On the way back, there were no thunderstorms this year. I hit Highway 67, Emma Carlin and Bluff without incident. Then back through Tamarack where I had a leisurely break for some great grilled cheese and tomato soup from Ian Stevens and the rest of the crew there. I purposely did my fueling there because I wanted a quick turn at Nordic to go back out right away. While there Chris Garcia arrived. Chris is another Bay area ultra runner and had written to me asking about conditions at Kettle Moraine and to recommend training - somewhat amusing as he is a far more experienced ultrarunner than I am.

After a leisurely meal chatting with Ian, I passed Chris and got in a couple minutes earlier. I hit the 100K mark at the start/finish area at 11:50. Last year I finished the 100K in 13:55 (4th master, 13th overall) so I was pleased with progress thus far and wasn't really feeling tired. I grabbed a quick potato and coke and headed back out immediately, trying to avoid the lure of the finish area. On the way back to Bluff Road I got more grilled cheese at the Tamarack aid station from Ian, and got back to Bluff Again around 7:20pm.

On the way out from Bluff to Highway 12 Zach Gingerich passed the other way, probably around 8:30 pm, with maybe 15 miles left in his race. I realized then that he was likely to beat Eric Clifton's course record and maybe even sub 15 hours? The next aid station after Bluff is at Highway 12 at Mile 77. I hit it at 9pm when it was getting dark. I stopped to drink ginger tea, abandon my iPhone (not safe conditions to be running with music at night) and rig up my headlamp and flashlights. I haven't done much night running except pacing Jean Pommier at Rio Del Lago 100. And that course really wasn't that technical. The trail out to Rice Lake (both before and after Highway 12), by contrast, is quite technical. I slowed down enormously at this point getting used to the idea of running on single track on a cloudy night.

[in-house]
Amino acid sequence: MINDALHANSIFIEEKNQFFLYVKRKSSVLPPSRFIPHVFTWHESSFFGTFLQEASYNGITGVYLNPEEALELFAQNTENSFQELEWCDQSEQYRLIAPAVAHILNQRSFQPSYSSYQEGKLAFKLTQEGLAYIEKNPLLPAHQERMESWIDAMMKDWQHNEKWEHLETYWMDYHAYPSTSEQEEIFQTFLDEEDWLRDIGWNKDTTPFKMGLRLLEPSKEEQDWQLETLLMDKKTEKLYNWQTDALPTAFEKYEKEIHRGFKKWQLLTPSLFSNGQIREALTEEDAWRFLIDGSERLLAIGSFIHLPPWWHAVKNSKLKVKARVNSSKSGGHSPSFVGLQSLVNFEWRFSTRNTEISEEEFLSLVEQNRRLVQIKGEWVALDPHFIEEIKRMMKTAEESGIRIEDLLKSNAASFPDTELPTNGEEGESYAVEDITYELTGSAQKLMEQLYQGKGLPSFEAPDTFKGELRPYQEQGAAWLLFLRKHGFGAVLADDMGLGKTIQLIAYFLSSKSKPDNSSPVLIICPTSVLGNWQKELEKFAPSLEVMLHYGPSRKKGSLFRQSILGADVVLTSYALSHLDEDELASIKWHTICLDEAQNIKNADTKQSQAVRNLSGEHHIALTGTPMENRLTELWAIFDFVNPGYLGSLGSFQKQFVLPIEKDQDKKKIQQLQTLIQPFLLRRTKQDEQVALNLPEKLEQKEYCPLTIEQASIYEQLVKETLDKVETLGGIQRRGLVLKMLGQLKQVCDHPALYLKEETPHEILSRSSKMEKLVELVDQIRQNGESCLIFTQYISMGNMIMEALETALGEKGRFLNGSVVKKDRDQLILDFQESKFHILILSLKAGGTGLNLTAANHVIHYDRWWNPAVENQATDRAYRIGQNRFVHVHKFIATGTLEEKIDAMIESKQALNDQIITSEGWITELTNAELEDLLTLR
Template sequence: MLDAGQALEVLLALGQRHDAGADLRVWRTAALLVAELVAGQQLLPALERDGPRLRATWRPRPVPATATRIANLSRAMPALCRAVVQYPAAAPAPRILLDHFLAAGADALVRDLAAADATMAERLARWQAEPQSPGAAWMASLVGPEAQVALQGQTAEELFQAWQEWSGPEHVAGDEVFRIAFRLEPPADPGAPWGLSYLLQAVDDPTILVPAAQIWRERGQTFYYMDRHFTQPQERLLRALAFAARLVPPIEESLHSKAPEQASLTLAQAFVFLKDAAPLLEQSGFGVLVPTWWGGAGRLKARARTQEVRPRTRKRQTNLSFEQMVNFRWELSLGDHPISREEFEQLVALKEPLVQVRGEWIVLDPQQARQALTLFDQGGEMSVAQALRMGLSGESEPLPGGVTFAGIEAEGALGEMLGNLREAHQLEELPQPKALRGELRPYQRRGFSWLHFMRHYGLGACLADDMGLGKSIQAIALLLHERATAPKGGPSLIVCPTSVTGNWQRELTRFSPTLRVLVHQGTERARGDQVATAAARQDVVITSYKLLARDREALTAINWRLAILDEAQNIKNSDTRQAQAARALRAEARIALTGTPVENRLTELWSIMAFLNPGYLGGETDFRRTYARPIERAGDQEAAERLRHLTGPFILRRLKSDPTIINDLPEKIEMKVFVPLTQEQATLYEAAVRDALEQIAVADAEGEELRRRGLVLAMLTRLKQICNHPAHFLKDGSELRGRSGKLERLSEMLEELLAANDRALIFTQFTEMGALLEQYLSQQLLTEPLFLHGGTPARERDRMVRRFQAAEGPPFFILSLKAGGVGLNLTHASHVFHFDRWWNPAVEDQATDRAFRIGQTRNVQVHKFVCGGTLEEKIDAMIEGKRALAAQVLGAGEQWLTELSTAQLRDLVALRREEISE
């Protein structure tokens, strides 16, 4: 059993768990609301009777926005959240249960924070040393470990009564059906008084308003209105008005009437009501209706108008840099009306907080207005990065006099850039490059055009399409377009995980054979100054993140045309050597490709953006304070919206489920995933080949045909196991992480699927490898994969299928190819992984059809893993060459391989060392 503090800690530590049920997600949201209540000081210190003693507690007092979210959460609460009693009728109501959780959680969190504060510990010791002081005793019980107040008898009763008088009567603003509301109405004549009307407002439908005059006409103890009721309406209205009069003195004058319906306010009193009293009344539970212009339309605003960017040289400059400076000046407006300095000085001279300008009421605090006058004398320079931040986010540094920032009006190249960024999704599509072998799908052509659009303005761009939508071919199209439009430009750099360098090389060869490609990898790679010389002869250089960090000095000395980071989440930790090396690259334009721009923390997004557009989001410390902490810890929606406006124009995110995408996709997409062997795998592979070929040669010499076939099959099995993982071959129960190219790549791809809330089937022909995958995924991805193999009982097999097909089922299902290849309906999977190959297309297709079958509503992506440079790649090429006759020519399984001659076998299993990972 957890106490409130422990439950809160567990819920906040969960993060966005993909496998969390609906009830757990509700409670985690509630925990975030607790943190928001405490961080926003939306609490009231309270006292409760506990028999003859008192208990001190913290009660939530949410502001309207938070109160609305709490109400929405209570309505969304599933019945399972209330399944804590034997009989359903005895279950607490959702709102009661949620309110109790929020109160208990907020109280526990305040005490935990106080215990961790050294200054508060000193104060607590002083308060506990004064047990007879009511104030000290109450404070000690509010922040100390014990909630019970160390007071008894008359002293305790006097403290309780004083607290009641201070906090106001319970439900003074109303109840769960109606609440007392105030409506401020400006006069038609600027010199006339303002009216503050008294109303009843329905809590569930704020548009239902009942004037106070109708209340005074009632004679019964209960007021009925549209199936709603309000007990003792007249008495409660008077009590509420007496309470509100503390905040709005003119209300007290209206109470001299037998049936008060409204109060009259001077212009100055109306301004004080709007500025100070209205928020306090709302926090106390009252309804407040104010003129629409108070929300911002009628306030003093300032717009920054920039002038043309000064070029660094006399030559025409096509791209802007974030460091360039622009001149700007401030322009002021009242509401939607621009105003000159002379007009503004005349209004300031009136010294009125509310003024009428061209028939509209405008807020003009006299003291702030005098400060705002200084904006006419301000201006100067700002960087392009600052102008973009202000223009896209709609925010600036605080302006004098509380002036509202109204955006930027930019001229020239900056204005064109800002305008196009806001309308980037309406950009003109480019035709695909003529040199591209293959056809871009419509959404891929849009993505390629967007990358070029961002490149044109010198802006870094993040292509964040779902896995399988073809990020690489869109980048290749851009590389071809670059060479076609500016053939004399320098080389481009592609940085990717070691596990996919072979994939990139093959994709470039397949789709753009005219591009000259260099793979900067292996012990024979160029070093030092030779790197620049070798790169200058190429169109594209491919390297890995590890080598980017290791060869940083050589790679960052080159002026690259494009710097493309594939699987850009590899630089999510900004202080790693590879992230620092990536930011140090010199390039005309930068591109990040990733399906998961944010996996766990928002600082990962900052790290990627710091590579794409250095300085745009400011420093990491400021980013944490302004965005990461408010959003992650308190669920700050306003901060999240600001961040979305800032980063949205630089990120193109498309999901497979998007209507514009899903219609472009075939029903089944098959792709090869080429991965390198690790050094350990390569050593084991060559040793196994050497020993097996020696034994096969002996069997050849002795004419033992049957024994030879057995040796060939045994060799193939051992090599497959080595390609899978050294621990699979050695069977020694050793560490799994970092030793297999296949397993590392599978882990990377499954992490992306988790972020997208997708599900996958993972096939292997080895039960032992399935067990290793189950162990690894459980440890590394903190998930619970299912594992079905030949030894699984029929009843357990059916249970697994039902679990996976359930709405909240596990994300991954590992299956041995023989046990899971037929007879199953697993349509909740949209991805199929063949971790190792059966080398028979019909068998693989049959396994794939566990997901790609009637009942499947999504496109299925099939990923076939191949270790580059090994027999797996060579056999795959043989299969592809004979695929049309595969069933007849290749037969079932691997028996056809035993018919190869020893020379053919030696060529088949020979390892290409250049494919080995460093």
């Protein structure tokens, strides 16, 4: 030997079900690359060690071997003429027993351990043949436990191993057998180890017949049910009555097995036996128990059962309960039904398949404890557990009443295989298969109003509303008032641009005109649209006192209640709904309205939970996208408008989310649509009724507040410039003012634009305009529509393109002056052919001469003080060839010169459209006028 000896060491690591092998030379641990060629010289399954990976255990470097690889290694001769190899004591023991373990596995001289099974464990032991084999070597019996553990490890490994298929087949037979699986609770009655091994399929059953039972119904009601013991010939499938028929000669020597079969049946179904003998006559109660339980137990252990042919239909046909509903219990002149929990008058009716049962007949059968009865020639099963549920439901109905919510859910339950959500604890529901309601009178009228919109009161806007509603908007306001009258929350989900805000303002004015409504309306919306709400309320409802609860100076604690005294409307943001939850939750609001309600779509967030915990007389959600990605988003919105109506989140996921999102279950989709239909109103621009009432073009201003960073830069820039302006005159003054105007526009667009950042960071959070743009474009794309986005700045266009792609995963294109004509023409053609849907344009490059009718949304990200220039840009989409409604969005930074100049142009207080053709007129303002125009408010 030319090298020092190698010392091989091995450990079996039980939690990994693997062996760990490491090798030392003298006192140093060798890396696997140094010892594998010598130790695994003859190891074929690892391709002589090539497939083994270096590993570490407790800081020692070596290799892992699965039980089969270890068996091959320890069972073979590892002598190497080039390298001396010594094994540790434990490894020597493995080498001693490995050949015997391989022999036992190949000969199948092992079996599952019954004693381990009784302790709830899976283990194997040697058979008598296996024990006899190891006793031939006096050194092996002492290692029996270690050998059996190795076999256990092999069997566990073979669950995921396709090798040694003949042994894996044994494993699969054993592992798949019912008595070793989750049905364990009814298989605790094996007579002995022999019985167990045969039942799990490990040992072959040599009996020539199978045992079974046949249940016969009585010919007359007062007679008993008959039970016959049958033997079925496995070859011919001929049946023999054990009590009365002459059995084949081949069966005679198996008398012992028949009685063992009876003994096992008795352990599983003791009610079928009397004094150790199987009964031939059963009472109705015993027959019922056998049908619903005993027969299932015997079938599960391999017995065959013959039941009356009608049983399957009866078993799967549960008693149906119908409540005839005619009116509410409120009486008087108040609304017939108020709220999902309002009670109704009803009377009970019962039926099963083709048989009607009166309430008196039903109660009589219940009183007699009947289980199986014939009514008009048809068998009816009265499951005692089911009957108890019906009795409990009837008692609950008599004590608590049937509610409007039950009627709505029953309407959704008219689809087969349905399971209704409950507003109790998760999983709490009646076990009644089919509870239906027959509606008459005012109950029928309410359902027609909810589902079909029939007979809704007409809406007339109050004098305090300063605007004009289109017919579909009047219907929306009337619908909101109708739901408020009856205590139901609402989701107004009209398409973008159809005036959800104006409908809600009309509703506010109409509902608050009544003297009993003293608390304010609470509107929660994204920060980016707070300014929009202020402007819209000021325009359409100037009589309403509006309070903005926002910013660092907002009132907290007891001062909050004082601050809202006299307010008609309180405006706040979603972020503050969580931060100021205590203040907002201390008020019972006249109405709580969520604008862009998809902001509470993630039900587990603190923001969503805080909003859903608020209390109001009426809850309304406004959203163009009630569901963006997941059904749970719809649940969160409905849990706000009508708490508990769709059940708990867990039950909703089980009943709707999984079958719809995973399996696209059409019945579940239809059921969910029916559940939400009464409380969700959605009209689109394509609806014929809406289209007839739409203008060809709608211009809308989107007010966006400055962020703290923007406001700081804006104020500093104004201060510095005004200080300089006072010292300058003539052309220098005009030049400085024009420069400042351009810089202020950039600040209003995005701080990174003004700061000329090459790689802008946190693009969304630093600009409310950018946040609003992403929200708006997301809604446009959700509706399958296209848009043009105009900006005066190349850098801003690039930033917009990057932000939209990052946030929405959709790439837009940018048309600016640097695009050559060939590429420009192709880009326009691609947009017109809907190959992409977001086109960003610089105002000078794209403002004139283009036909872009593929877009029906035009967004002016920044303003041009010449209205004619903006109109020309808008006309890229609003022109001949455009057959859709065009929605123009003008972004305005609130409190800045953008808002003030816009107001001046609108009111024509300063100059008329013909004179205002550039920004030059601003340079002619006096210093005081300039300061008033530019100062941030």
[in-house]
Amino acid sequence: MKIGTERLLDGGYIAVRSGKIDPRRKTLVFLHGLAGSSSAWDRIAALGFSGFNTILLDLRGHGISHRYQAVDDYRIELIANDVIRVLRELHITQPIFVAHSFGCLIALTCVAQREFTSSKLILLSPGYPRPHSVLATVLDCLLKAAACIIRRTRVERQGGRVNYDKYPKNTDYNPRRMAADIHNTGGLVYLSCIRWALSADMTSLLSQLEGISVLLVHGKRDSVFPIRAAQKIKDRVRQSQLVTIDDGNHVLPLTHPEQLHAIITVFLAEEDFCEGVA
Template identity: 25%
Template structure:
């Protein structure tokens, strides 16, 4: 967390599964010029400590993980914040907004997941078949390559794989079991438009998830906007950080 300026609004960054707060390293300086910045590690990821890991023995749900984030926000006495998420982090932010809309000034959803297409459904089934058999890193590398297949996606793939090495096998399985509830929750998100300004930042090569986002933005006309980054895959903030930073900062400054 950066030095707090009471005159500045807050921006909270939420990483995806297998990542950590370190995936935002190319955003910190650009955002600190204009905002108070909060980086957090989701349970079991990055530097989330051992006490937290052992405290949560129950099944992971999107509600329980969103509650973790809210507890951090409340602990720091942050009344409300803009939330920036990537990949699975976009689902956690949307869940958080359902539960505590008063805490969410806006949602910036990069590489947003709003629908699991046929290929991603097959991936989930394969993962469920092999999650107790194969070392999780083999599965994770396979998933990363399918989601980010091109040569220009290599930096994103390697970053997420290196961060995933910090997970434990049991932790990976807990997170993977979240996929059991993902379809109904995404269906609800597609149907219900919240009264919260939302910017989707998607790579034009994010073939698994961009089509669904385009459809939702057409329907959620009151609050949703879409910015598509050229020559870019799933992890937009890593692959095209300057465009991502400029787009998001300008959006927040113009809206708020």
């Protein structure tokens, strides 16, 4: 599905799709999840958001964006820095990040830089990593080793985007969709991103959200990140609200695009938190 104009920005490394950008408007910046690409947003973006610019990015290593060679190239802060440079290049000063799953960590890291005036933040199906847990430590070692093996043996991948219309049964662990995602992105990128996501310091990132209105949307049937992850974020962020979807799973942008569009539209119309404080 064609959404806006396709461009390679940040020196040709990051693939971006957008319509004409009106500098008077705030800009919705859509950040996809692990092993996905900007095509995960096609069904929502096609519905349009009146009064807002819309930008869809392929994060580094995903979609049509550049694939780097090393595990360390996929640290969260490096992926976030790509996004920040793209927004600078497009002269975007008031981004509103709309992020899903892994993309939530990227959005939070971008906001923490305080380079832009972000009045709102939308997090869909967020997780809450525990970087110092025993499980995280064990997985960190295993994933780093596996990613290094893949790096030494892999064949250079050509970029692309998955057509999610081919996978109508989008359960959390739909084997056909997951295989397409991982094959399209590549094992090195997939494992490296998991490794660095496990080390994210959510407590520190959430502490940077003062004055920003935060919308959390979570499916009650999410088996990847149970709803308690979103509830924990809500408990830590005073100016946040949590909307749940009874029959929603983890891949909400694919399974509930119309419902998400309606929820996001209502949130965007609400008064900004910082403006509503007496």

Still at mile 81, I was apparently in eighth according to the webcast (not sure if believe that). I just downed a quick cup of coffee here as this wasn't a crewed aid station. On the way back to Highway 12, I was passed by several runners who were much more confident at night. I arrived back to mile 85 at about the same time as Chris. As I sat drinking coffee and talking with Judith, I told him it was my first 100 miler so I was all about finishing today and I wasn't going to go chase him down.

After mile 85 though, my quads were completely done. I've never had that happen before after quite a few ultras with punishing climbs and descents. So I settled for a brisk powerwalk back to the Bluff aid station at mile 92.5. Judith walked me a half mile out on the way to Tamarack in the dark, which helped my spirits quite a bit. At Bluff, I drank more coffee and downed some miso soup: almost as good as Tamarack's tomato. After a fast 2.5 mile walk to Tamarack, I got some more soup from the kind volunteers there (Ian was napping at the time though). Then a five mile walk back to the finish. I did manage some stiff legged running for the last two miles back there.

I finished in 21:40 to my pleasant surprise since I had planned for 23 hours. This was twentieth overall. But I was mostly just glad to finish my first 100 miler as I wasn't quite sure that I had it in me to do it.

Spent and happy to be sitting

Chris was the next finisher ahead of me, just 90 seconds beyond Robert Insley. Zach Gingerich finished in an incredible 15 hours 17 minutes for a new course record by 40 minutes. This kid has a future in ultrarunning. Zach, when do you come out West to challenge the big guns? Timo presented me with the small kettle that all 100 mile finishers get. And we hung around for a bit drinking cocoa and eating chili. I am very curious when my quads will return as they still seem quite immobilized.